Once you have an opportunity to meet the person you’ll be interacting with the most, find out how many other boards this person sits on and how easy it will be for them to prioritize your company when it comes to things like major launches, strategy meetings, and key negotiations. The right investor should be accessible and attentive when they are most needed.

 

What is the Expectation for Communication?

 While having an investor involved in supporting a business can be great, it is important to set and manage expectations from the onset. An investor’s first priority is to protect the money they’ve put into your business, and as a result usually require at least regular updates on the health of the organization.

 Some may prefer monthly P&L reports, whereas others will want to have bi-weekly conference calls to discuss a range of topics. Before you sign the investment agreement, be sure you have clarity around an investor’s expectations to ensure it will work for you and your team.

 

Understand their Fundraising Process and the Window for Investment

 Investment firms vary greatly on their strategy when it comes to raising their own funds and saving room in those funds for follow-on investments. Some firms like to focus on large early-stage investments while others like to make small, but significant investments in companies as they grow. Entrepreneurs rarely ask for more information about their investors’ fundraising and portfolio strategy, but the more you understand about each fund’s lifecycle and your investors’ goals, the better you as an entrepreneur can plan for future stages of growth.


 Check with Current and Former Portfolio Companies

 Similar to an employment reference call, it is often the case that a potential investor will provide contacts to other entrepreneurs who had a positive relationship with the firm. While this is good to get an understanding of how you can use a firm’s strength to your company’s advantage, the right firm should also be open and willing to discuss investments that didn’t work out as planned.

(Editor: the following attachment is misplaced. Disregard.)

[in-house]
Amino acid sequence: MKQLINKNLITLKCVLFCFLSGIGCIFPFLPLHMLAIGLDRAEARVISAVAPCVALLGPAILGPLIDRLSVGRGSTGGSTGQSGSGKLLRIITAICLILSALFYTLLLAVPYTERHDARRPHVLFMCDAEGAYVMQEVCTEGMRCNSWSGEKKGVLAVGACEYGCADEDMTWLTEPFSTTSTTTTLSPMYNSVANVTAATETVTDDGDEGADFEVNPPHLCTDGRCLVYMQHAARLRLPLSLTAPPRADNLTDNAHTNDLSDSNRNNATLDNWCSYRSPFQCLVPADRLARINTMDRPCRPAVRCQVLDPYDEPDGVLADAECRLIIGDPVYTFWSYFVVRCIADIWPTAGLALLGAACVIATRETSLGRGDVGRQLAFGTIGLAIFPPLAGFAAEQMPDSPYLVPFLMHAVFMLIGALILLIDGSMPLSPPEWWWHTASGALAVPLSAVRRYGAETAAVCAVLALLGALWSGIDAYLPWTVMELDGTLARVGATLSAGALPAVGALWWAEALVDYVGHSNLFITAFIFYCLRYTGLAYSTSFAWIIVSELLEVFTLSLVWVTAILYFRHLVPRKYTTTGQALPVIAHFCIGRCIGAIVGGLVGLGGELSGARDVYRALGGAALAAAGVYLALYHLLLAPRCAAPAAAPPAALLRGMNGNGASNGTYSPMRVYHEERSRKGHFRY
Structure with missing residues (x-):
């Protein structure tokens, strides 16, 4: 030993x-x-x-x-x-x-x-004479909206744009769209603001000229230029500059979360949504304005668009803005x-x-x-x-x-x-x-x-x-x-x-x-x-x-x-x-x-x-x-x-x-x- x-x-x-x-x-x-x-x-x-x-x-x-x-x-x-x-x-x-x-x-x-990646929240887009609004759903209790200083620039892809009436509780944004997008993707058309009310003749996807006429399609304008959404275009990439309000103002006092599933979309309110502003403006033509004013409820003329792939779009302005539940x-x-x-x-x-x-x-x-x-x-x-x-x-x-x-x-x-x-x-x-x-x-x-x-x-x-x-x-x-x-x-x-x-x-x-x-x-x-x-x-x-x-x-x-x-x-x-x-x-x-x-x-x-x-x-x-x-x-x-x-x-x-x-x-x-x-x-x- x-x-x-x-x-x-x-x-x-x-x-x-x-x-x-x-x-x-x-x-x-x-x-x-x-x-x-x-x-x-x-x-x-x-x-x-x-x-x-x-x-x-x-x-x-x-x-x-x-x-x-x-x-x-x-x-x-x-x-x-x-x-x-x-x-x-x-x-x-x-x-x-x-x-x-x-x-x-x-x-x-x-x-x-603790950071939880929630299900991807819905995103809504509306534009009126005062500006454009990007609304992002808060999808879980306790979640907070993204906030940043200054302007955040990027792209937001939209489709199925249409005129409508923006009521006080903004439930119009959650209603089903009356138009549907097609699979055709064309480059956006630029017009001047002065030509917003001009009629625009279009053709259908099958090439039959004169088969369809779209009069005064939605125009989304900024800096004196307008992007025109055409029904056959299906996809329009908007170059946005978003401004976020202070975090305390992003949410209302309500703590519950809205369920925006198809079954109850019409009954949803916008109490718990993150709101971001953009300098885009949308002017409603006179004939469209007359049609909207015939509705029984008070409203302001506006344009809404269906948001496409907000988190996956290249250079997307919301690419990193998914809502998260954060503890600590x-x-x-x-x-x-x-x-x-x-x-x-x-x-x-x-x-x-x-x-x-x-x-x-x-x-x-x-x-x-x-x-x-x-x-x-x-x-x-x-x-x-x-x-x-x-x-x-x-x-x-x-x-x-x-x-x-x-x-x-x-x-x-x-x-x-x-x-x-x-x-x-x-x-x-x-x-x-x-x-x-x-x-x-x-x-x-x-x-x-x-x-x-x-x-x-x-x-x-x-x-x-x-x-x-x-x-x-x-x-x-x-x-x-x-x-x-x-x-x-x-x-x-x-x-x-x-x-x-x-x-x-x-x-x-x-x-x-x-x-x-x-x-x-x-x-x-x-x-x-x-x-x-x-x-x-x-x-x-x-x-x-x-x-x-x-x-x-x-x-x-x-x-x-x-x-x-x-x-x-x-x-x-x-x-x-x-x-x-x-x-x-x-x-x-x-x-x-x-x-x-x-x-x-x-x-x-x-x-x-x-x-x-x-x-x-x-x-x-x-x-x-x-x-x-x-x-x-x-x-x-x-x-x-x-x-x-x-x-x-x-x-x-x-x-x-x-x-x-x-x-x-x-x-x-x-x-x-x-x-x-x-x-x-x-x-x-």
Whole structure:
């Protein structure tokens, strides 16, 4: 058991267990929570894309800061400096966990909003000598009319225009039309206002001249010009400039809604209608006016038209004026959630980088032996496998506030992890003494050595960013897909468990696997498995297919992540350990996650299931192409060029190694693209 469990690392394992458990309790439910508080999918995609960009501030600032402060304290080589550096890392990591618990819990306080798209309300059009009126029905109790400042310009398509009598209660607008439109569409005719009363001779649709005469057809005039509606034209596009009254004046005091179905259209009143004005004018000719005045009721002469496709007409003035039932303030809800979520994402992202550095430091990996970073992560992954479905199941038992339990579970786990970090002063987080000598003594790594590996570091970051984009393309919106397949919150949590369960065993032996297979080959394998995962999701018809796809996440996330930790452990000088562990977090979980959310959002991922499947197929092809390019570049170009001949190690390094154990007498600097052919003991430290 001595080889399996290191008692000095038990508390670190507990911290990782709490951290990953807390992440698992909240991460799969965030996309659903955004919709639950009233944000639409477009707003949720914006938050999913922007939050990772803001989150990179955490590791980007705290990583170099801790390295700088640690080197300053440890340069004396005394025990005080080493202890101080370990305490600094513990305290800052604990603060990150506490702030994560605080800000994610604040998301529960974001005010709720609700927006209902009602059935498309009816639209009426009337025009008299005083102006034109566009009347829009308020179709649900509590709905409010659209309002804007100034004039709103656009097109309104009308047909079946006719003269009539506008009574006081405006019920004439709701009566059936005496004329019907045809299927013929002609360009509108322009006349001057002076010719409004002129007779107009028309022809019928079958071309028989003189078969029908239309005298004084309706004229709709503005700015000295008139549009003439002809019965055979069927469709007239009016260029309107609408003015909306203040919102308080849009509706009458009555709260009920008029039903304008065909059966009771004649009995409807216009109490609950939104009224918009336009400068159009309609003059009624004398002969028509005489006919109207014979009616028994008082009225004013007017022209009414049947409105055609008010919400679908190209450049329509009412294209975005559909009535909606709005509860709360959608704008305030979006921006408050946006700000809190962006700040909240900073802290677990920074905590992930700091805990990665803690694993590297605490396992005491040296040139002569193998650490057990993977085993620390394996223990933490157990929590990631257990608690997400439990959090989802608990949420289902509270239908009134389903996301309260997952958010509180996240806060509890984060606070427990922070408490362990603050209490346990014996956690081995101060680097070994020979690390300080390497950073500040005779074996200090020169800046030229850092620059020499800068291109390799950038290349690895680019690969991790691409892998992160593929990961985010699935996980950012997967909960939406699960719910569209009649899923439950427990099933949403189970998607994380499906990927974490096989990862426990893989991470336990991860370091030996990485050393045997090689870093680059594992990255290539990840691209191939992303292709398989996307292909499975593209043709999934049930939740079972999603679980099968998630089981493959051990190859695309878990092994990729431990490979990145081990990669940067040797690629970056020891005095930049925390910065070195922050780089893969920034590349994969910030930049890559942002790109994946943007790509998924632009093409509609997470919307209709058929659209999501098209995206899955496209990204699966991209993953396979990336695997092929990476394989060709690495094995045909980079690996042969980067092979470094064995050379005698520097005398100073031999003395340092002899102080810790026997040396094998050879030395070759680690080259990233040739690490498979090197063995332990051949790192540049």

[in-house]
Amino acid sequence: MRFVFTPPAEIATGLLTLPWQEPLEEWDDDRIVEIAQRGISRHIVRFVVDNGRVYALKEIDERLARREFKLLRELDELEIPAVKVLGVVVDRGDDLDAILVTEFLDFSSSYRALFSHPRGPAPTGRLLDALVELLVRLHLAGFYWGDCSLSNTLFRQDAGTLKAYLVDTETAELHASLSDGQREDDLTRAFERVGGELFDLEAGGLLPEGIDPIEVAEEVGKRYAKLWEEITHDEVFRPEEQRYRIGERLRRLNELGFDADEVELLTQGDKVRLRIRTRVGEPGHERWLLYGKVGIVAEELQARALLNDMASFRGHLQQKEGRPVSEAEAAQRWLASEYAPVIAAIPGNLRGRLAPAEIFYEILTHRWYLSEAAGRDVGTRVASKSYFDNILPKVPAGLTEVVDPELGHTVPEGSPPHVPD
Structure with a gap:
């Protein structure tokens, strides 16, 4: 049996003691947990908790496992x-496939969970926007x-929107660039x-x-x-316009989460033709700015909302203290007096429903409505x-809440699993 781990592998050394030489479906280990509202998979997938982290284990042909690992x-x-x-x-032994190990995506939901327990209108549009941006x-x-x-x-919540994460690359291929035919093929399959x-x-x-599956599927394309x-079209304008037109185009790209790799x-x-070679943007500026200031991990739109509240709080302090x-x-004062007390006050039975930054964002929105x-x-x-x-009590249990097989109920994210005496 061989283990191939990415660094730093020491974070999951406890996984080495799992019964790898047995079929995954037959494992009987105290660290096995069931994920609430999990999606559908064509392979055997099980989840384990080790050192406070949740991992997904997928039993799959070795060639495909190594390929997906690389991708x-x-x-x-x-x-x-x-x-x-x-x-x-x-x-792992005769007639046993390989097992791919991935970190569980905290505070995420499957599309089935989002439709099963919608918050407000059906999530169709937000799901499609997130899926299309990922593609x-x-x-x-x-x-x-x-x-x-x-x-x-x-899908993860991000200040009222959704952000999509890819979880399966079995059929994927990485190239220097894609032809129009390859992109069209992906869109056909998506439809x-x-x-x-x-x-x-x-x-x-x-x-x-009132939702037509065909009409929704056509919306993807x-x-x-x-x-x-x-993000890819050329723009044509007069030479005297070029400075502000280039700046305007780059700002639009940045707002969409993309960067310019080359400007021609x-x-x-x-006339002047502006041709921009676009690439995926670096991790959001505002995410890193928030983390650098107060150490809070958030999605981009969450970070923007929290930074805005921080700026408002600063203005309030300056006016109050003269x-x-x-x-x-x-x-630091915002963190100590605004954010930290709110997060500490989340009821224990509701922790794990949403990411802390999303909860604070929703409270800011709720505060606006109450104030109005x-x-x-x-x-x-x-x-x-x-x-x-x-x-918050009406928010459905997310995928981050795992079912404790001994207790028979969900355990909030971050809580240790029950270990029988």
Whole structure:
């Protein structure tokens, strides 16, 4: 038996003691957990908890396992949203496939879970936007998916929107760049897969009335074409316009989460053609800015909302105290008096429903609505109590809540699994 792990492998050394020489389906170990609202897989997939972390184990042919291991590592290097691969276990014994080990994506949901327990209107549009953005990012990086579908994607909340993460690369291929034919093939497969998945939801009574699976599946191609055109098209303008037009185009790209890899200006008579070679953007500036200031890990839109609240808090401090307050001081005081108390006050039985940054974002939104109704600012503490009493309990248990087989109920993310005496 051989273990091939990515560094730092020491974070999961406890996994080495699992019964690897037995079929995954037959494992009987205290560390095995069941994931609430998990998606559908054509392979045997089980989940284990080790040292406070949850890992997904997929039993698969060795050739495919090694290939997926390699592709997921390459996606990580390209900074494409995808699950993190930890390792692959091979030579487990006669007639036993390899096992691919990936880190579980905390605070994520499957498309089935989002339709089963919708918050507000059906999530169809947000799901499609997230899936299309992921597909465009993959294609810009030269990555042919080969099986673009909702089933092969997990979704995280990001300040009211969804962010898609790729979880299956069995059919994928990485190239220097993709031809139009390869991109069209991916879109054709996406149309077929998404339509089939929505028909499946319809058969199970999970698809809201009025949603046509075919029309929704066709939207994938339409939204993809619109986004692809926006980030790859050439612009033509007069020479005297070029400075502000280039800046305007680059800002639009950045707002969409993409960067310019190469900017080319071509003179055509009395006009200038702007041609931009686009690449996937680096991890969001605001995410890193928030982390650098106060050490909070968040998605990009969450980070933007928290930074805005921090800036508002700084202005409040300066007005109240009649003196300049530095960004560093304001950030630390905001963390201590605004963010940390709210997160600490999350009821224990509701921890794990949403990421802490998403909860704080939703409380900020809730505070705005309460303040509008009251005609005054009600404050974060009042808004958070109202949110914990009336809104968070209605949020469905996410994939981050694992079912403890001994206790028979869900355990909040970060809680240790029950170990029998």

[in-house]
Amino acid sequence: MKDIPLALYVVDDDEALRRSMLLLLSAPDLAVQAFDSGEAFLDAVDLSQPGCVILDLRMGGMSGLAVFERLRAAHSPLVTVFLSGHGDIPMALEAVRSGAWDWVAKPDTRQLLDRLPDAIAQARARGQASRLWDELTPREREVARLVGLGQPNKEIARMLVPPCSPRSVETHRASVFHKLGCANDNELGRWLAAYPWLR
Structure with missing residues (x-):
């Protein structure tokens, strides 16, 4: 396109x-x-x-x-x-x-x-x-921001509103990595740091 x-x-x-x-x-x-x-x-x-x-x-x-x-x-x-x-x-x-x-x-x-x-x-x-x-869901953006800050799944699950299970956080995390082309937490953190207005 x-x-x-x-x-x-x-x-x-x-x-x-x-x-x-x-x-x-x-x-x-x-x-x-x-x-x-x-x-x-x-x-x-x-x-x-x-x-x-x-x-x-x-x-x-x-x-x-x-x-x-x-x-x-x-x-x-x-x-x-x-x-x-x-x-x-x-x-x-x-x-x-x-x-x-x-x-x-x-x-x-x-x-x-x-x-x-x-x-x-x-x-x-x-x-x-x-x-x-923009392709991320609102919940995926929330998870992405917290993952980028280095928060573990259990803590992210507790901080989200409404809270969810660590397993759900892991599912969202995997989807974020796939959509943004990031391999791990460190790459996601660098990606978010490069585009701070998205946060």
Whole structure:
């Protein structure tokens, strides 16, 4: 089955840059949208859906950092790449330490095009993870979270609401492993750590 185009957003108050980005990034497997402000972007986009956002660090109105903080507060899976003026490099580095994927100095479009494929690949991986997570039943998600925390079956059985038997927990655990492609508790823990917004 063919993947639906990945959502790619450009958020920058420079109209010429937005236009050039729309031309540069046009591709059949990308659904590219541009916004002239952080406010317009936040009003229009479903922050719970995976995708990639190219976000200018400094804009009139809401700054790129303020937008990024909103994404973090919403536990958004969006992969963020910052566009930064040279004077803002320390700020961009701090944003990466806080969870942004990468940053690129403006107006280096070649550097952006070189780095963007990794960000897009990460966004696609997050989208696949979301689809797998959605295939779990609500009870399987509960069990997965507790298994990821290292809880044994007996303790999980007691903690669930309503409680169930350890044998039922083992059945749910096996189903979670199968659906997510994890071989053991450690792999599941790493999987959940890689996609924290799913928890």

Don’t be afraid to ask an investor to connect you with entrepreneurs who were part of a less than desirable outcome. This will give you a better idea of the investor’s true character. It is also useful to talk with entrepreneurs who built companies in a similar industry or with access to similar partners and resources. They will have the best understanding of the investor’s level of industry knowledge and how they can add value to the business.


 Investment Terms

 Typically, investment terms are set by the investors leading the round. Pay close attention to the warrants and mandates to ensure investors are acting in the company’s best interest while understandably working to protect themselves. This is certainly not the time to hold back on asking advice from any legal and advisor counsel resources. Seek out folks with experience who have been through this process in the past and know what to look for. Make sure to understand the liquidity preference terms and how much dilution the founders can expect over time.


 Conclusion

 Raising capital from the institutional investment community is a challenging and time-consuming process. Please wade into this process carefully and do not hesitate to ask the advice of others to provide insight and help along the way. We hope that this guide has served as a useful overview of this process, and will help you make better-informed decisions when thinking about which investors to work with during the fundraising process.